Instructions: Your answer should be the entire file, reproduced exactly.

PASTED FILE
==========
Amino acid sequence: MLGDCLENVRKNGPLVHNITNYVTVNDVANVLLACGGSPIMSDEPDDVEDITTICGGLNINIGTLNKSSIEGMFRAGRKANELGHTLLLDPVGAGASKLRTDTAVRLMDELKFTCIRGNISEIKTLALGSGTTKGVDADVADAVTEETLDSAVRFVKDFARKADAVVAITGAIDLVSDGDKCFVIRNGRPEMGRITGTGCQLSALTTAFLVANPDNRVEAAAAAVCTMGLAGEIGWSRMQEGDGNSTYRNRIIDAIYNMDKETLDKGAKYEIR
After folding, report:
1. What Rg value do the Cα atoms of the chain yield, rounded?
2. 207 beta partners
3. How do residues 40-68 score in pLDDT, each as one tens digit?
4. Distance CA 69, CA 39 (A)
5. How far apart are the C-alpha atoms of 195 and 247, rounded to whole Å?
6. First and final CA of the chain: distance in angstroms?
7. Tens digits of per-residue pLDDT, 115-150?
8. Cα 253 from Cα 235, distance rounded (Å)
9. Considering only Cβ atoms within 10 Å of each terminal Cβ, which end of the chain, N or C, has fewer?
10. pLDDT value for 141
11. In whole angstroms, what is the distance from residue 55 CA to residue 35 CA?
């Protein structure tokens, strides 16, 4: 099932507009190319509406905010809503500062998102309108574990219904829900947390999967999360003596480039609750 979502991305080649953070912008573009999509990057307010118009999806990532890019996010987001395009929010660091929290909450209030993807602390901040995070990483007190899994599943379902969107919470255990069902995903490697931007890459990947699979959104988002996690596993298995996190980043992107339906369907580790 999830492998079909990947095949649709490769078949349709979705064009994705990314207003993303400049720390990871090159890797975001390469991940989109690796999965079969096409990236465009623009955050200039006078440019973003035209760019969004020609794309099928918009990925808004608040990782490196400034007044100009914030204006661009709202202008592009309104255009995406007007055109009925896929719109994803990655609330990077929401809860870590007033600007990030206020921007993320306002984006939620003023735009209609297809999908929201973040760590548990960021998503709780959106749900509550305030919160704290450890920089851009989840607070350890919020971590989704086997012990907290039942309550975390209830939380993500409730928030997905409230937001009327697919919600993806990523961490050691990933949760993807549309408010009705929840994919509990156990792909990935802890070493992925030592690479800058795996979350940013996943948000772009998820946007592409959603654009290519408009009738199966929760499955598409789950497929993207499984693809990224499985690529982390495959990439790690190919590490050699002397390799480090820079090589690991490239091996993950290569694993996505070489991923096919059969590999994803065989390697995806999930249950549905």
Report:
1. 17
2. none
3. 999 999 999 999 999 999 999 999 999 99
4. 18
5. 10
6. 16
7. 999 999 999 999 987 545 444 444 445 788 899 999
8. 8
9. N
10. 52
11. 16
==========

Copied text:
Amino acid sequence: MLGDCLENVRKNGPLVHNITNYVTVNDVANVLLACGGSPIMSDEPDDVEDITTICGGLNINIGTLNKSSIEGMFRAGRKANELGHTLLLDPVGAGASKLRTDTAVRLMDELKFTCIRGNISEIKTLALGSGTTKGVDADVADAVTEETLDSAVRFVKDFARKADAVVAITGAIDLVSDGDKCFVIRNGRPEMGRITGTGCQLSALTTAFLVANPDNRVEAAAAAVCTMGLAGEIGWSRMQEGDGNSTYRNRIIDAIYNMDKETLDKGAKYEIR
After folding, report:
1. What Rg value do the Cα atoms of the chain yield, rounded?
2. 207 beta partners
3. How do residues 40-68 score in pLDDT, each as one tens digit?
4. Distance CA 69, CA 39 (A)
5. How far apart are the C-alpha atoms of 195 and 247, rounded to whole Å?
6. First and final CA of the chain: distance in angstroms?
7. Tens digits of per-residue pLDDT, 115-150?
8. Cα 253 from Cα 235, distance rounded (Å)
9. Considering only Cβ atoms within 10 Å of each terminal Cβ, which end of the chain, N or C, has fewer?
10. pLDDT value for 141
11. In whole angstroms, what is the distance from residue 55 CA to residue 35 CA?
């Protein structure tokens, strides 16, 4: 099932507009190319509406905010809503500062998102309108574990219904829900947390999967999360003596480039609750 979502991305080649953070912008573009999509990057307010118009999806990532890019996010987001395009929010660091929290909450209030993807602390901040995070990483007190899994599943379902969107919470255990069902995903490697931007890459990947699979959104988002996690596993298995996190980043992107339906369907580790 999830492998079909990947095949649709490769078949349709979705064009994705990314207003993303400049720390990871090159890797975001390469991940989109690796999965079969096409990236465009623009955050200039006078440019973003035209760019969004020609794309099928918009990925808004608040990782490196400034007044100009914030204006661009709202202008592009309104255009995406007007055109009925896929719109994803990655609330990077929401809860870590007033600007990030206020921007993320306002984006939620003023735009209609297809999908929201973040760590548990960021998503709780959106749900509550305030919160704290450890920089851009989840607070350890919020971590989704086997012990907290039942309550975390209830939380993500409730928030997905409230937001009327697919919600993806990523961490050691990933949760993807549309408010009705929840994919509990156990792909990935802890070493992925030592690479800058795996979350940013996943948000772009998820946007592409959603654009290519408009009738199966929760499955598409789950497929993207499984693809990224499985690529982390495959990439790690190919590490050699002397390799480090820079090589690991490239091996993950290569694993996505070489991923096919059969590999994803065989390697995806999930249950549905």
Report:
1. 17
2. none
3. 999 999 999 999 999 999 999 999 999 99
4. 18
5. 10
6. 16
7. 999 999 999 999 987 545 444 444 445 788 899 999
8. 8
9. N
10. 52
11. 16